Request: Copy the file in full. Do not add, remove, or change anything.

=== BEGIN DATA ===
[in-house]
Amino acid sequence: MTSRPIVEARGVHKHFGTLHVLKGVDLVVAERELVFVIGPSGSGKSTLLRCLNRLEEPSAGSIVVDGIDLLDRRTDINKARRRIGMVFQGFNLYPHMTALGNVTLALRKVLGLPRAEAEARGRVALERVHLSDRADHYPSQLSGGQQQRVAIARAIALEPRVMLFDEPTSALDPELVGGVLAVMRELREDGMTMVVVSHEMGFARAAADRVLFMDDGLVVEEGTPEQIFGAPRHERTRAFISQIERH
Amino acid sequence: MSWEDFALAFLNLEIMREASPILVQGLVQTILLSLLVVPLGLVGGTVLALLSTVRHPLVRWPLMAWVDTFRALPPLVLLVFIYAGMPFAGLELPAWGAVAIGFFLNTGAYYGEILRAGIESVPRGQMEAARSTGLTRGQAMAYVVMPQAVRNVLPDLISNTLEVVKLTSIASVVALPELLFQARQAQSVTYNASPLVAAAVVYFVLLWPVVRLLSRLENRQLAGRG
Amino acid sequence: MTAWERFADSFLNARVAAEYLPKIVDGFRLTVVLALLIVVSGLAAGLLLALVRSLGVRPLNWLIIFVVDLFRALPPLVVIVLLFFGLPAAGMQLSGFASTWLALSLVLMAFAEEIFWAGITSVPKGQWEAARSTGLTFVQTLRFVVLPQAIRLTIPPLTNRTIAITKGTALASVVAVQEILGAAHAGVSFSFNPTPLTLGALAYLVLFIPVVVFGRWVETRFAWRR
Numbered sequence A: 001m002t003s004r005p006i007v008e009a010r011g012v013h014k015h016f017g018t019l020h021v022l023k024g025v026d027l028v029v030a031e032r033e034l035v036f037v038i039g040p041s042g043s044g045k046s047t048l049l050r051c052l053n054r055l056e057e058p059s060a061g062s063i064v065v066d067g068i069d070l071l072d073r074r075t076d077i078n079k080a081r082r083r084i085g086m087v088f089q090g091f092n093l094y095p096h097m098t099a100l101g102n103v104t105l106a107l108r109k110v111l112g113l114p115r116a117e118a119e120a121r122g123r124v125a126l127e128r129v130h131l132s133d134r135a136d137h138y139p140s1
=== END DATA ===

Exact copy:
[in-house]
Amino acid sequence: MTSRPIVEARGVHKHFGTLHVLKGVDLVVAERELVFVIGPSGSGKSTLLRCLNRLEEPSAGSIVVDGIDLLDRRTDINKARRRIGMVFQGFNLYPHMTALGNVTLALRKVLGLPRAEAEARGRVALERVHLSDRADHYPSQLSGGQQQRVAIARAIALEPRVMLFDEPTSALDPELVGGVLAVMRELREDGMTMVVVSHEMGFARAAADRVLFMDDGLVVEEGTPEQIFGAPRHERTRAFISQIERH
Amino acid sequence: MSWEDFALAFLNLEIMREASPILVQGLVQTILLSLLVVPLGLVGGTVLALLSTVRHPLVRWPLMAWVDTFRALPPLVLLVFIYAGMPFAGLELPAWGAVAIGFFLNTGAYYGEILRAGIESVPRGQMEAARSTGLTRGQAMAYVVMPQAVRNVLPDLISNTLEVVKLTSIASVVALPELLFQARQAQSVTYNASPLVAAAVVYFVLLWPVVRLLSRLENRQLAGRG
Amino acid sequence: MTAWERFADSFLNARVAAEYLPKIVDGFRLTVVLALLIVVSGLAAGLLLALVRSLGVRPLNWLIIFVVDLFRALPPLVVIVLLFFGLPAAGMQLSGFASTWLALSLVLMAFAEEIFWAGITSVPKGQWEAARSTGLTFVQTLRFVVLPQAIRLTIPPLTNRTIAITKGTALASVVAVQEILGAAHAGVSFSFNPTPLTLGALAYLVLFIPVVVFGRWVETRFAWRR
Numbered sequence A: 001m002t003s004r005p006i007v008e009a010r011g012v013h014k015h016f017g018t019l020h021v022l023k024g025v026d027l028v029v030a031e032r033e034l035v036f037v038i039g040p041s042g043s044g045k046s047t048l049l050r051c052l053n054r055l056e057e058p059s060a061g062s063i064v065v066d067g068i069d070l071l072d073r074r075t076d077i078n079k080a081r082r083r084i085g086m087v088f089q090g091f092n093l094y095p096h097m098t099a100l101g102n103v104t105l106a107l108r109k110v111l112g113l114p115r116a117e118a119e120a121r122g123r124v125a126l127e128r129v130h131l132s133d134r135a136d137h138y139p140s1